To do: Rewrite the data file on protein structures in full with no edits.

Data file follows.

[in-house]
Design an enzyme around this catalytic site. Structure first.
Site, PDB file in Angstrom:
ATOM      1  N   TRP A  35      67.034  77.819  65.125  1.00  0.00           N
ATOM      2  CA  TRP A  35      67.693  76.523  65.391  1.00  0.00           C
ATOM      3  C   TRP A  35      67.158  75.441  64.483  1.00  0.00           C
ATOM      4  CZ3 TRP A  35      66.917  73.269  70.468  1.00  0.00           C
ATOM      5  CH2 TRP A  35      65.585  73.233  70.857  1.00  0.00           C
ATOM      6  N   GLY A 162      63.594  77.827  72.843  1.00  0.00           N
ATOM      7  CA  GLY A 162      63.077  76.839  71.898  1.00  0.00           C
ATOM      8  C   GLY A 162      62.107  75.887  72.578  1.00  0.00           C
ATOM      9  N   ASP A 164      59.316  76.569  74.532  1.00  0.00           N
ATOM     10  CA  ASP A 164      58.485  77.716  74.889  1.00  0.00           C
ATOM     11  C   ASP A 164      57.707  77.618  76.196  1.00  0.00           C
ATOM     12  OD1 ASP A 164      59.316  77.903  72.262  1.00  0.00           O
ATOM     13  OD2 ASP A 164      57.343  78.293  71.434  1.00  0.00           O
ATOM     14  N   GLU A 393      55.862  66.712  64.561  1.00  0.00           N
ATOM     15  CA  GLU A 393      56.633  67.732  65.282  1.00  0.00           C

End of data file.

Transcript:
[in-house]
Design an enzyme around this catalytic site. Structure first.
Site, PDB file in Angstrom:
ATOM      1  N   TRP A  35      67.034  77.819  65.125  1.00  0.00           N
ATOM      2  CA  TRP A  35      67.693  76.523  65.391  1.00  0.00           C
ATOM      3  C   TRP A  35      67.158  75.441  64.483  1.00  0.00           C
ATOM      4  CZ3 TRP A  35      66.917  73.269  70.468  1.00  0.00           C
ATOM      5  CH2 TRP A  35      65.585  73.233  70.857  1.00  0.00           C
ATOM      6  N   GLY A 162      63.594  77.827  72.843  1.00  0.00           N
ATOM      7  CA  GLY A 162      63.077  76.839  71.898  1.00  0.00           C
ATOM      8  C   GLY A 162      62.107  75.887  72.578  1.00  0.00           C
ATOM      9  N   ASP A 164      59.316  76.569  74.532  1.00  0.00           N
ATOM     10  CA  ASP A 164      58.485  77.716  74.889  1.00  0.00           C
ATOM     11  C   ASP A 164      57.707  77.618  76.196  1.00  0.00           C
ATOM     12  OD1 ASP A 164      59.316  77.903  72.262  1.00  0.00           O
ATOM     13  OD2 ASP A 164      57.343  78.293  71.434  1.00  0.00           O
ATOM     14  N   GLU A 393      55.862  66.712  64.561  1.00  0.00           N
ATOM     15  CA  GLU A 393      56.633  67.732  65.282  1.00  0.00           C